Wednesday, May 30, 2018 by Zoey Sky
If you live in the city but you want to start prepping, don’t despair. You can start a kitchen garden in your own home, or you can join other preppers and cultivate a community garden.
Community gardens have once again risen in popularity, and this is probably because most city-dwellers live in apartments or skyscrapers, with little to no access to plots of land for gardening. (h/t to ThePrepperJournal.com)
A community garden refers to a plot of land shared by a group. The garden can either be separated into individual lots or the whole plot can be tended to as one garden. Community gardens are often used for food production or as gathering places. They can also be used to promote ecological and art awareness.
Gardens that follow the European style are usually assigned to a single person or a whole family so they can cultivate ornamentals or fruits and vegetables.
The plots in community gardens can vary in size, from small 1.5 square meter plots (4′ 9″ x 4′ 9″) in inner city gardens to large art gardens about 15 square meters (49′ x 49′).
Communal gardens are versatile, and they are often used to:
There are four main types of community gardens:
Aside from being a welcoming area where individuals from various walks of life can gather, community gardens also offer health benefits such as:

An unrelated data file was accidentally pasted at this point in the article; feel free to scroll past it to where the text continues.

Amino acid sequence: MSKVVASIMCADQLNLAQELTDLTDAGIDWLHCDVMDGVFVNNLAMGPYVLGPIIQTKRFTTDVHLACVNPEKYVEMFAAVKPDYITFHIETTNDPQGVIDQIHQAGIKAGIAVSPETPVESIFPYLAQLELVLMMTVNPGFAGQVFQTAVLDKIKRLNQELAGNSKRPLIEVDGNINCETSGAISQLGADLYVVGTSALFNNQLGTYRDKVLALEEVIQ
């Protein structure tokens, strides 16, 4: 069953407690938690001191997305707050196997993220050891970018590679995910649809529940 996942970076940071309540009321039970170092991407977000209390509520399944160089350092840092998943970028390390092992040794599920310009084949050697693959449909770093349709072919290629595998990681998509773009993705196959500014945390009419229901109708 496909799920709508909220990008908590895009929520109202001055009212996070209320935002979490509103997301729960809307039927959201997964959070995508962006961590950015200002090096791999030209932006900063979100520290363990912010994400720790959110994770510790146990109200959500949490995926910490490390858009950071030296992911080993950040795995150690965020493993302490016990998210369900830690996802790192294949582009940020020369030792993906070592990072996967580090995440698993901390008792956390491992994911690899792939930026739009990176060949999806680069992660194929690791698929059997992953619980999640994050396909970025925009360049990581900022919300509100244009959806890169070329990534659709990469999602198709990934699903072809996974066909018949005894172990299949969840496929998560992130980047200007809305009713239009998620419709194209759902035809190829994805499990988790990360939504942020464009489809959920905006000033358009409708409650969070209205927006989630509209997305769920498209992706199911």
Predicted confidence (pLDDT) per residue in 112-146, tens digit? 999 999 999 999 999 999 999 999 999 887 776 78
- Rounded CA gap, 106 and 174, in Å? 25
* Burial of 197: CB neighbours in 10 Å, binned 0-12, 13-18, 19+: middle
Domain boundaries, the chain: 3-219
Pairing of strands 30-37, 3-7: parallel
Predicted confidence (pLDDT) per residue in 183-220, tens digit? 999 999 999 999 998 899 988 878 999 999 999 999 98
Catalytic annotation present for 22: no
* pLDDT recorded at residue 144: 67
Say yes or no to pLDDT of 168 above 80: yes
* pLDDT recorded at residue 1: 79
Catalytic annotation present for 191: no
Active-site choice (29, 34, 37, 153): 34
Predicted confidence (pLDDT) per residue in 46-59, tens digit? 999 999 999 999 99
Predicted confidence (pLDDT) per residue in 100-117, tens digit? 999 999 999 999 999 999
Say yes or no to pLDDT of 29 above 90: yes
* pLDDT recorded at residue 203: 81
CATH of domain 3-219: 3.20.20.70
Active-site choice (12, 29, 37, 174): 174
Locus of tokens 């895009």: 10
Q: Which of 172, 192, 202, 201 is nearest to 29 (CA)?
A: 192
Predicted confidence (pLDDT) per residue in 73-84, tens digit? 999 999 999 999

Before you head out to the nearest community garden, make sure you’re prepared. Assemble the tools you might need, and read up on how you can efficiently contribute to one. (Related: Urban homesteading: Prepping tips for those who live in apartments or have limited space.)
Most community gardens make arrangements for the necessary training when it comes to using heavy machinery and specialized tools. But you will still need to gather some personal gardening tools, like:
You might not need everything on this list, so double-check with others who frequent the community garden you wish to join.
Who says living in the city means you can’t enjoy gardening and some greenery? Join a community garden today to get in touch with urban preppers who can teach you about homesteading and the wonders of nature.
You can read more articles about the other benefits of urban prepping at FoodCollapse.com.